Workshops Evaluations in Different Countries
The year is almost over. Christmas rhymes sound around the world, and it is harder and harder to do quality work. So let’s have some fun and play with numbers.
There were more than 1000 workshops registered and promoted via Workshop Butler in 2017. We decided to look at the feedback provided by attendees of the workshops and see if there are any differences in how participants evaluate trainers in different countries and languages.
We used 1805 evaluations from 2850 attendees of 731 paid public workshops. Each attendee answered several questions, two of which are important to us:
- General impression of the trainer/facilitator
- How likely are you to recommend this event to others?
Both questions have a set of predefined answers, rated from 0 to 10 (0 is the worst, 10 is the best). We will call the answers to the first question reviews, and the answers to the second question — NPS.
We didn’t clean any data. It means that there were some test records. Their number is small, and we count them as statistically irrelevant. After all, we’re not doing a proper scientific research.
We also understand that 1805 evaluations are not a significant sample, and it’s not distributed evenly among all countries. We have the highest number of evaluations from Europe, North and South Americas. For Africa, Asia and Oceania we will look only at overall scores, without digging into the specific, as we don’t have enough data for that.
Reviews by geo
We want to start with the question, Are people from some countries more generous to trainers than people from other countries?
First, let’s look at the high-level picture and compare different regions of the world.
North Americans give the highest reviews, folks from Australia and New Zealand — the lowest.
While the Americans tend to say, “It was the best experience in my life!”, the Europeans prefer a more moderate tone, “It was great. However, there is still a place for improvement”.
Mexico is the best place to collect testimonials for showing off on your professional profile. If it’s too far, and you don’t know Spanish, consider Sweden. This Nordic nation holds the first place in Europe which is a surprise to us.
Polish people are the most demanding ones on this list. Unfortunately, it’s the only country in Eastern Europe from where we have enough data.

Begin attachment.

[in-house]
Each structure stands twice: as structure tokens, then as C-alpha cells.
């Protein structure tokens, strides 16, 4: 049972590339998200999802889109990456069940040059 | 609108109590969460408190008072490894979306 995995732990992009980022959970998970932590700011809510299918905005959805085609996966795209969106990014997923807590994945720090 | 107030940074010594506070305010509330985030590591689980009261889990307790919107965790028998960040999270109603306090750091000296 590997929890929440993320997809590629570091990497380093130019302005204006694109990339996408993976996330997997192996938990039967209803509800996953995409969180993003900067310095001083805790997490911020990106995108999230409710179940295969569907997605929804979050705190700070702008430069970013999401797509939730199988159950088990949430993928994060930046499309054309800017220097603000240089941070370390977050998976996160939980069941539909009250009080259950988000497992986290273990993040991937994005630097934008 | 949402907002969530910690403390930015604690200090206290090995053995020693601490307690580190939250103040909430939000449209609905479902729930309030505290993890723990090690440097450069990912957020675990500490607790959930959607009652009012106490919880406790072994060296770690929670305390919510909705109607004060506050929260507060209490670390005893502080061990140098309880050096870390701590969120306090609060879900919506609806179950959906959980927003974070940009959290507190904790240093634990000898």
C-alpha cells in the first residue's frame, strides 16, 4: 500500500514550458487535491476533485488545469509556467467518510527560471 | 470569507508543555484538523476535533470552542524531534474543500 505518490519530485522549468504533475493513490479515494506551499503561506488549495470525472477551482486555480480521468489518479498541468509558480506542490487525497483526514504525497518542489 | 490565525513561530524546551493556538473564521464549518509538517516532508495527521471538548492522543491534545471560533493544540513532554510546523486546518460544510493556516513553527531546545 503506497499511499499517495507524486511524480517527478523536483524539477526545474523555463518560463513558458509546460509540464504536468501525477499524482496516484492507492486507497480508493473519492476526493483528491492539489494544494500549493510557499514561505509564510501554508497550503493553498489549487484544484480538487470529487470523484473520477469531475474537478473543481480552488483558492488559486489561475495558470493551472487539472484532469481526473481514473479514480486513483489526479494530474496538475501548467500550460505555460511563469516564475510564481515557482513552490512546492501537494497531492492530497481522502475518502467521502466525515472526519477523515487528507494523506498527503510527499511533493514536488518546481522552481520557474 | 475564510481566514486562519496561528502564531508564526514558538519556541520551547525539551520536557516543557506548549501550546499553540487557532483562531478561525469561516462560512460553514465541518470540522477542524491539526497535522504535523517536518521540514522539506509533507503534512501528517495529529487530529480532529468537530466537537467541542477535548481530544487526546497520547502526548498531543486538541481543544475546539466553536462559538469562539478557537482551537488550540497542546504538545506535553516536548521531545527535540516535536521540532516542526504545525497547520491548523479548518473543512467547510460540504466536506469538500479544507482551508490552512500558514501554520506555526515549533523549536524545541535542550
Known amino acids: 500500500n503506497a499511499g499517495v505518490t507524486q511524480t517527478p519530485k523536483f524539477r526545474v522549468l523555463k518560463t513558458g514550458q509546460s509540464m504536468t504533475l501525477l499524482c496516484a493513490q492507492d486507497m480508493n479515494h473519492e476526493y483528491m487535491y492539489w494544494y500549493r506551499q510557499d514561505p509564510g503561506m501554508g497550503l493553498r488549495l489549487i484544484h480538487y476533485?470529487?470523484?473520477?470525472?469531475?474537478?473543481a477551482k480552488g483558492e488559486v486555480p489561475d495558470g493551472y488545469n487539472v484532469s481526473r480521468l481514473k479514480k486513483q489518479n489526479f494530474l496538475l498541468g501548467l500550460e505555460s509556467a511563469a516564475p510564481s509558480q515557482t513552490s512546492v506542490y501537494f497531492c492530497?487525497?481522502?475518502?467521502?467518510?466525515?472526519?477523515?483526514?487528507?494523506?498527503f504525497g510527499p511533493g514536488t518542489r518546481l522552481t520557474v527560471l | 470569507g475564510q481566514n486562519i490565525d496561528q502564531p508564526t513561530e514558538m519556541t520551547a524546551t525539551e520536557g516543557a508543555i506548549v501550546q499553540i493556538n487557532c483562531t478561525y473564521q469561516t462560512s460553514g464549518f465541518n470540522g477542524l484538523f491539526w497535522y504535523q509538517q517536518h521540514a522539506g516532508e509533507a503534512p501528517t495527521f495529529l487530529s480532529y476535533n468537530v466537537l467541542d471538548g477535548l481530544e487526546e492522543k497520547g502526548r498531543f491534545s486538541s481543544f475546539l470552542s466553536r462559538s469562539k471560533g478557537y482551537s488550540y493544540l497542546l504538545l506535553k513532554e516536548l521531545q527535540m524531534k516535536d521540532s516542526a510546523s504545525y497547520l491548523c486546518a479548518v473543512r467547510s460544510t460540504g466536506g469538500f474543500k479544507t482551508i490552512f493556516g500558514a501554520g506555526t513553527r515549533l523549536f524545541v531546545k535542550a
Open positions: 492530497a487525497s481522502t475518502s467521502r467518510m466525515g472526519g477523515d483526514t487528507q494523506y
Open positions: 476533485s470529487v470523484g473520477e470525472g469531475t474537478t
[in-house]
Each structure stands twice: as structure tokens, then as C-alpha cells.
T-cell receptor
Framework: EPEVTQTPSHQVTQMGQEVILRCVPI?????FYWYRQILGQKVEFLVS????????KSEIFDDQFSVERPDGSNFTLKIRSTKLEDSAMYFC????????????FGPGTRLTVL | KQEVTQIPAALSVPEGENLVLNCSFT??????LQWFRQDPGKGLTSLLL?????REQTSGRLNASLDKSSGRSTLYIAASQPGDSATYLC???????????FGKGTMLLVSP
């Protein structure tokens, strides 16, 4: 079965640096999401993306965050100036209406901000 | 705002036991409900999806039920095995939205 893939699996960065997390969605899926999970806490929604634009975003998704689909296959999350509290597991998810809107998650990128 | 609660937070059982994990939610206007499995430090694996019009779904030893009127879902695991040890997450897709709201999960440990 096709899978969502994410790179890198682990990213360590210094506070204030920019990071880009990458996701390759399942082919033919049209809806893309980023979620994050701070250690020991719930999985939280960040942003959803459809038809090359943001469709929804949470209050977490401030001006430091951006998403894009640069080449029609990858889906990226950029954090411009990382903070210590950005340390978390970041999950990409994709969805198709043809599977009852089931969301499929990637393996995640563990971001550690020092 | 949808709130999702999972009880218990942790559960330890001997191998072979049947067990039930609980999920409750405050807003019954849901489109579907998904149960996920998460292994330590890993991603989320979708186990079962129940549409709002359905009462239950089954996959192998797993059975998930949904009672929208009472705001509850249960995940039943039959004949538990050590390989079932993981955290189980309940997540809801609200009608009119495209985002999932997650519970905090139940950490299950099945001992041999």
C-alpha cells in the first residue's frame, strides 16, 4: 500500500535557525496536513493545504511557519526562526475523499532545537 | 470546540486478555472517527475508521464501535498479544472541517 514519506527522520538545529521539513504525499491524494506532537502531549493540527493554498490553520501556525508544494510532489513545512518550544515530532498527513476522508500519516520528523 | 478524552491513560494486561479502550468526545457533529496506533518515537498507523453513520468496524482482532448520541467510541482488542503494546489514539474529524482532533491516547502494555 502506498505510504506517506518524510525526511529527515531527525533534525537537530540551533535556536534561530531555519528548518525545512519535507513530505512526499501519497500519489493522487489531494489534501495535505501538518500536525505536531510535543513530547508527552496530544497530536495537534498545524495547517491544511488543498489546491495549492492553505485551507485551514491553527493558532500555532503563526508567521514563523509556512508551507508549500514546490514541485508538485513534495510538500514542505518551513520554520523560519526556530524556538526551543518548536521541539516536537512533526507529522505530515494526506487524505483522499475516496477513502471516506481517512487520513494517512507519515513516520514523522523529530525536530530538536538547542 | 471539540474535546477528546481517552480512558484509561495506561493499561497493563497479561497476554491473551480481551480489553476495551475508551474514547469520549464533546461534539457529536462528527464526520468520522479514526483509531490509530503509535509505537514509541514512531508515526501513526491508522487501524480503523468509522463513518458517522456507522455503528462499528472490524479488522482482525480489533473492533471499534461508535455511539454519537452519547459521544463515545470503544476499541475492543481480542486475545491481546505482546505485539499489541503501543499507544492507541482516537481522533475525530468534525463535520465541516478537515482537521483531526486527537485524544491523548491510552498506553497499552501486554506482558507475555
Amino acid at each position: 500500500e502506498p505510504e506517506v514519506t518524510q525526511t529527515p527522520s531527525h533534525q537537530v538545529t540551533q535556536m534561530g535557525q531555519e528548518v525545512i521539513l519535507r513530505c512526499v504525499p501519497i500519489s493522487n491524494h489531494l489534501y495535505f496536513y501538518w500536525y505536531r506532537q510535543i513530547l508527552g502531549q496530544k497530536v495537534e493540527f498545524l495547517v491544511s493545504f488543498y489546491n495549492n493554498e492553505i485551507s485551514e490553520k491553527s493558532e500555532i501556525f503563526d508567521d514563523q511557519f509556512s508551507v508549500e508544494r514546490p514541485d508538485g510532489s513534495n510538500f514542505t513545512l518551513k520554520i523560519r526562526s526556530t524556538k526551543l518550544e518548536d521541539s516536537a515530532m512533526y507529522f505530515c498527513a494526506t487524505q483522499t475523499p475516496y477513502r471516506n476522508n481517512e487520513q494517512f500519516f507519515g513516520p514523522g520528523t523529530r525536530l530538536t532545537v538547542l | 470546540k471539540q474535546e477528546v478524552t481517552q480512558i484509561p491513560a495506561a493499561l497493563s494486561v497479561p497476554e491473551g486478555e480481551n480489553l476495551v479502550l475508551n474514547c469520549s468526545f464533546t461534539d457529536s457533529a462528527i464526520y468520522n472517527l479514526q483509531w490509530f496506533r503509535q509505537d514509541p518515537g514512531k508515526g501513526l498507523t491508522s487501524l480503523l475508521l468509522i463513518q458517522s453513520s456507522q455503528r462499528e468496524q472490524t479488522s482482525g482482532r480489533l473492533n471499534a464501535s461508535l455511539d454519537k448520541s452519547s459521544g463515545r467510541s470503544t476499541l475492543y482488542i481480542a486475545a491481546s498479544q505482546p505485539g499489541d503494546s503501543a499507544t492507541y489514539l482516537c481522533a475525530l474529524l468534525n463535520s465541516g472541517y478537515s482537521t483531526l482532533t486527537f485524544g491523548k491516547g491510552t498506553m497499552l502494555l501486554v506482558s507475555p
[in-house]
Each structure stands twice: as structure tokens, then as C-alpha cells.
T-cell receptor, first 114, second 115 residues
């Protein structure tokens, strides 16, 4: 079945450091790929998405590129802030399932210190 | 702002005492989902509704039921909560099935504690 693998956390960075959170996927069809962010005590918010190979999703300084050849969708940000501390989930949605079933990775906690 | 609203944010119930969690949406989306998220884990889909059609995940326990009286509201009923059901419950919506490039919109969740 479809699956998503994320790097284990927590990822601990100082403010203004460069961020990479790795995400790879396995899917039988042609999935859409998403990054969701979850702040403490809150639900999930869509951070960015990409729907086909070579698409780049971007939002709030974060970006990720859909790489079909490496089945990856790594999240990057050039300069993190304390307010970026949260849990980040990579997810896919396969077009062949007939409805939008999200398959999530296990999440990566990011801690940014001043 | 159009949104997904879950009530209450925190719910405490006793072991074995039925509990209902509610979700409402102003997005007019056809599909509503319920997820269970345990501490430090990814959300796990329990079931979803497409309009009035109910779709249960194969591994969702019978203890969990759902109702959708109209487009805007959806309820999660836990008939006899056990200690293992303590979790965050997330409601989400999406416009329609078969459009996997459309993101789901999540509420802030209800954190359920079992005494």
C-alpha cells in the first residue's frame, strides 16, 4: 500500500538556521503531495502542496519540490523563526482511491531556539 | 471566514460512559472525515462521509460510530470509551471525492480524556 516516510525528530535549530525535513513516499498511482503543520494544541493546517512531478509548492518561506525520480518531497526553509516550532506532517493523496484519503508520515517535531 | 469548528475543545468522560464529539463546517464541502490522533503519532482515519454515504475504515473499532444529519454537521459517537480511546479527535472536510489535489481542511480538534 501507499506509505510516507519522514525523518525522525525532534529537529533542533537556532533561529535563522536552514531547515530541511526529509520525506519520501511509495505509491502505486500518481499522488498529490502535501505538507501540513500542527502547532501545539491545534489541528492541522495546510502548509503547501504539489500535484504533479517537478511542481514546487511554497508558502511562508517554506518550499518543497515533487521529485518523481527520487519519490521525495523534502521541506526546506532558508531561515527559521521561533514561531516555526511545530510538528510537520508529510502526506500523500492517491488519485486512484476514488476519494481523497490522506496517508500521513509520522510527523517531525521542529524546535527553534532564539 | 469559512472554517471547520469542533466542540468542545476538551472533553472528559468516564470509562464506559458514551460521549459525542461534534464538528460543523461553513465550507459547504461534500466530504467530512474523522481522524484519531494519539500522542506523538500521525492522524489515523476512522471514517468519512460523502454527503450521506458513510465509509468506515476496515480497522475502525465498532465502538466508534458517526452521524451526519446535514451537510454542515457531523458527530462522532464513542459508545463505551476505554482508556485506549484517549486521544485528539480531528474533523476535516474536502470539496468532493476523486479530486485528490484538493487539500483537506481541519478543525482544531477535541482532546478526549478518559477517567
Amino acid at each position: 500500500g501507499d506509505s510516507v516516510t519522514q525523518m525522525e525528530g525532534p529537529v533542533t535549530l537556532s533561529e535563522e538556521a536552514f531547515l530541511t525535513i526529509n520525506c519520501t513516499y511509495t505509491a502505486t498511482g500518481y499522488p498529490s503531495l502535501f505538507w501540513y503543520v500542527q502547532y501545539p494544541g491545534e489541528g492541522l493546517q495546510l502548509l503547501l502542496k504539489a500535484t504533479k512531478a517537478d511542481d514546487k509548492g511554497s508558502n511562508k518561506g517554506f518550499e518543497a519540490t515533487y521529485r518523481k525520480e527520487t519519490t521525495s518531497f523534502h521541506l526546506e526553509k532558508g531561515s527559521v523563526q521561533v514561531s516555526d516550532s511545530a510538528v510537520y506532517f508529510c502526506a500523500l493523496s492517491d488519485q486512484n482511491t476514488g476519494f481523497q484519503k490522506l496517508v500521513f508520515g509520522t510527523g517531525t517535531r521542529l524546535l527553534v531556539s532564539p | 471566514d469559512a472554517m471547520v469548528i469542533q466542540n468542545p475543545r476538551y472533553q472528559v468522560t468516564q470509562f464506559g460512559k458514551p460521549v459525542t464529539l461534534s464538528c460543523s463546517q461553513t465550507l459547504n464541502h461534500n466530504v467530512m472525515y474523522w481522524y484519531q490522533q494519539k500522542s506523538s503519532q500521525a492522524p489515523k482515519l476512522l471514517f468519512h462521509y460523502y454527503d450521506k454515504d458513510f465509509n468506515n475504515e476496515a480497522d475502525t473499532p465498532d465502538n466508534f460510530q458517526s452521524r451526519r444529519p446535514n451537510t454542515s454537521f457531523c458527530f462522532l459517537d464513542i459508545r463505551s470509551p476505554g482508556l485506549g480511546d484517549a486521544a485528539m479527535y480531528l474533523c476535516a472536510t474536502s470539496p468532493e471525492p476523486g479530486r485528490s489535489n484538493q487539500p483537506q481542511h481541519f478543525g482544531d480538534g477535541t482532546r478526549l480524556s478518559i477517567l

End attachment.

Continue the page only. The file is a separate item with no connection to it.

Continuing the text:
The distribution of reviews from France shows the shortest tail. Only a couple of attendees rated their experience as “Above average”, others found it “Good” or better. If you are in Germany or Switzerland, be happy when you get 10 out of 10. It means you impressed a participant, as they usually prefer to give 8 or 9.
The words about France are even more relevant for Mexico. No surprise, it took the prize for the most review-generous country in our research.
NPS by geo
We looked at how attendees from different countries rate trainers. It’s time to see if they are ready to recommend workshops to their colleagues and friends. For that, we calculate Net Promoter Score based on answers from the second question.
Here we see a big contrast to the average ratings. To ease the comparison, we put both the average reviews and NPS side by side.
Though it looks like Sweden lost just one position, the difference in NPS between it and Brazil is 13 points. The difference in average reviews for the Netherlands and Great Britain is only 0.03, but there is 13 points divide in NPS.
Attendees from Latin America are more likely to recommend your workshops and give higher reviews. Mexico is the most accessible country to build your reputation as a trainer, with Colombia is not far behind.
Before we started working on this article, we had a more general assumption that Spanish-speaking attendees are the most generous ones. The results proved us wrong, as Spain is in line with other European countries.
To our surprise, Sweden gets the highest score in Europe. As the knowledge of English language is considered a norm there, it seems to be an attractive market for a foreign trainer. Especially comparing to France, which takes the second place but the language is an entry barrier.
It would be interesting to learn if people in different countries listen to the recommendations of their friends and colleagues. In this case, we can get a better picture, combining these data with our NPS results. For example, participants in Brazil are almost twice more likely to recommend a course than participants in the UK. However, it doesn’t matter if English people prefer to read reviews, not to listen to the recommendations. If you know about such research, please, share the link with us.
Feel free to leave the comment or suggest an idea for another article like this one. We love to hear any feedback.